A musical performance required several people to operate the instrument: one person to shovel coal into the engine, one person to maintain the throttle to the desired tempo, two people hanging precariously on each side of the instrument to adjust the chimes as the music progressed, and one person to watch the tracks for cows.
Power requirements were extensive: approximately 154 pounds of coal and 100 gallons of water per minute of performance. A smaller so-called “skiff-friendly” version of the instrument was planned that would fit narrow gauge railroad tracks and consume less power, but it was never built.
The instrument was tragically destroyed in 1861 while crossing the San Luis Gorge when the bridge collapsed. Fortunately, all the performers escaped serious injury or death when they leapt from the instrument, diving into the river below as the bridge collapsed around them.
[This recording was created for the Disquiet Junto project: record a piece of music with an instrument that doesn’t exist. It was created with a modular synthesizer and Ableton Live. All the train sounds were synthesized on the modular. The chimes and all audio effects were created in Ableton.]
In the high reaches of the Andes Mountains between the volcaneos and the salt desserts lies a very peculiar canyon, Salcaryuni. Deep, narrow and riddled with caves along the walls, sound echoes in strange ways here. In 2017 a group of experimental composition student from Universities in Bolivia and Argentina turned Salcaryuni into the largest ‘harp’ ever made. “El Cañonarpa” was constructed by finding some of the most resonous parts of the rocky walls and attaching cables and wires of various thicknesses across to the other side. These giant harp strings also had vibrating circles of metals positioned at particular places along them that helped with the tuning and added a certain texture to the sound. Seven of these Cañonarpa strings were put in place, it was a massive project that took a team of over twenty people 3 weeks to complete. Part of the construction involved the positioning of long tubes that rise to the top of the canyon, this allowed the strings were played by dropping fist sized rock down them to strike the strings. The rehearsals for the first performance, this Étude for El Cañonarpa took another 5 days, the timing of the dropping of the rocks to stay in rhythm was particularly tricky with a team of 3 people at the top of each tube and flashing beacon light on the other side of the canyon setting the tempo. We are lucky to have a recording of this first performance of El Cañonarpa, that had an audience of about 50 at the bottom of canyon. More pieces have been written for El Cañonarpa, including a concerto with an orchestra, however due to the difficult location of El Cañonarpa securing funding for the performance and recording of more pieces is a slow process. Enjoy this rare recording of Étude for El Cañonarpa.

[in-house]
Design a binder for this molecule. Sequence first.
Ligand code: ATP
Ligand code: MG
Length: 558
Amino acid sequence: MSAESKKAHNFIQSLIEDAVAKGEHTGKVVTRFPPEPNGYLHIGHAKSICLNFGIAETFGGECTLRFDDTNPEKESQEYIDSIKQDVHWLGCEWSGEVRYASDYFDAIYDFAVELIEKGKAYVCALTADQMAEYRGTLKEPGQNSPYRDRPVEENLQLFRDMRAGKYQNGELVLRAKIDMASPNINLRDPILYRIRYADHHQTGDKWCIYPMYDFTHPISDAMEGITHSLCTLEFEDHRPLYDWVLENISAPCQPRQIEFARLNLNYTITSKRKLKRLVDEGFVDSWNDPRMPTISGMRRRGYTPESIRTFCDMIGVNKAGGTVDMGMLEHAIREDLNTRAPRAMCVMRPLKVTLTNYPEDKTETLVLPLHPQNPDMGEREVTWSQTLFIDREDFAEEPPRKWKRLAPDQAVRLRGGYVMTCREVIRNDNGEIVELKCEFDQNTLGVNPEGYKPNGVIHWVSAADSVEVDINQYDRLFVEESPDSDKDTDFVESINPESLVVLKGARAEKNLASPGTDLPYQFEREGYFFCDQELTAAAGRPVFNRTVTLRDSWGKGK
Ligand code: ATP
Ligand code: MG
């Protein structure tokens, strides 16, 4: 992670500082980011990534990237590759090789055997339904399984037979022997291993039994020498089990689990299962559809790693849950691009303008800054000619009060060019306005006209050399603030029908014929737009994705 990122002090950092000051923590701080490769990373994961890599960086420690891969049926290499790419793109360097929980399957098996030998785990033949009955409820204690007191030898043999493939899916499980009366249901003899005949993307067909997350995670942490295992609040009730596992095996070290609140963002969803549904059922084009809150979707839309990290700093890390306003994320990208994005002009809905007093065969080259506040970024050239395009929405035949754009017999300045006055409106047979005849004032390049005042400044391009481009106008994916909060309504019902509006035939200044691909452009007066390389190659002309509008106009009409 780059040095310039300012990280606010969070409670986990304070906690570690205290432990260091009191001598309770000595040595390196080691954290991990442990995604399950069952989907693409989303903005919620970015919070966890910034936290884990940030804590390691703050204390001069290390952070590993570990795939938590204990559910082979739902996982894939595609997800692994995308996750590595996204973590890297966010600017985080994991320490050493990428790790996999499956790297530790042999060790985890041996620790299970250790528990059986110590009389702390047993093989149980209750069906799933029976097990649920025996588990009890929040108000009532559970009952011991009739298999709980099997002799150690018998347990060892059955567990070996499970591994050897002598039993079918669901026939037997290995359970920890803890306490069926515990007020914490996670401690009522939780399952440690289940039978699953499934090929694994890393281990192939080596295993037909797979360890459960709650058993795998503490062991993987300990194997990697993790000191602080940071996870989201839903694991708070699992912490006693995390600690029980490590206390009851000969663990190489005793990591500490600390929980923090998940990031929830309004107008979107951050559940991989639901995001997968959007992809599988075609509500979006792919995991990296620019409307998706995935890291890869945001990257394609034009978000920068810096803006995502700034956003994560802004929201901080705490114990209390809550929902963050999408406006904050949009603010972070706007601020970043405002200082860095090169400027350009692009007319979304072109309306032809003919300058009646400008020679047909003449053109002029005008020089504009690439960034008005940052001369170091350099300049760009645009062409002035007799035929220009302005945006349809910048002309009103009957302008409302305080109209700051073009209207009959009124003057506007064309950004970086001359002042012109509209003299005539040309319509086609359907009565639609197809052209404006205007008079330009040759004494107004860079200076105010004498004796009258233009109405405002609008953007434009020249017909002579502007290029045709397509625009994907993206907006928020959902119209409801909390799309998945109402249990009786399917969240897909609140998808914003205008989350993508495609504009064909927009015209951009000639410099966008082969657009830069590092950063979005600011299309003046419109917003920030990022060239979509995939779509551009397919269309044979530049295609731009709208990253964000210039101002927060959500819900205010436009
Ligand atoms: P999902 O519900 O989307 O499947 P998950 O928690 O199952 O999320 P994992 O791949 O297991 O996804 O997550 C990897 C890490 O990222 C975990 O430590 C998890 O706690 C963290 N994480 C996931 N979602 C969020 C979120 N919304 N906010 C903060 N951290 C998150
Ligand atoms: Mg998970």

The chance meeting on an island of the Falun Gong with heavy foil and a subwoofer. Interactive sound installation by Paul Schaffenberger, brief iPhone snippet paulstretched and layered against itself, with a bot-generated beat fading in and out. Outside was pure pandemonium with thousands of people and only two ferries back, inside was us trying to get the sound to interact. Outcome: “Reply hazy, try again…”
“Singing House:” www.halfmoonambience.com/about-1.
This is an imagined version of the Rotella Magica – a real instrument built from a spoked bicycle wheel. The wheel rotates and spokes are struck with a small mallet or stick. Here I imagined an enhanced Rotella, with three wheels, spokes tuned to quarter tones. I made this in ChucK, using the STK StifKarp instrument class.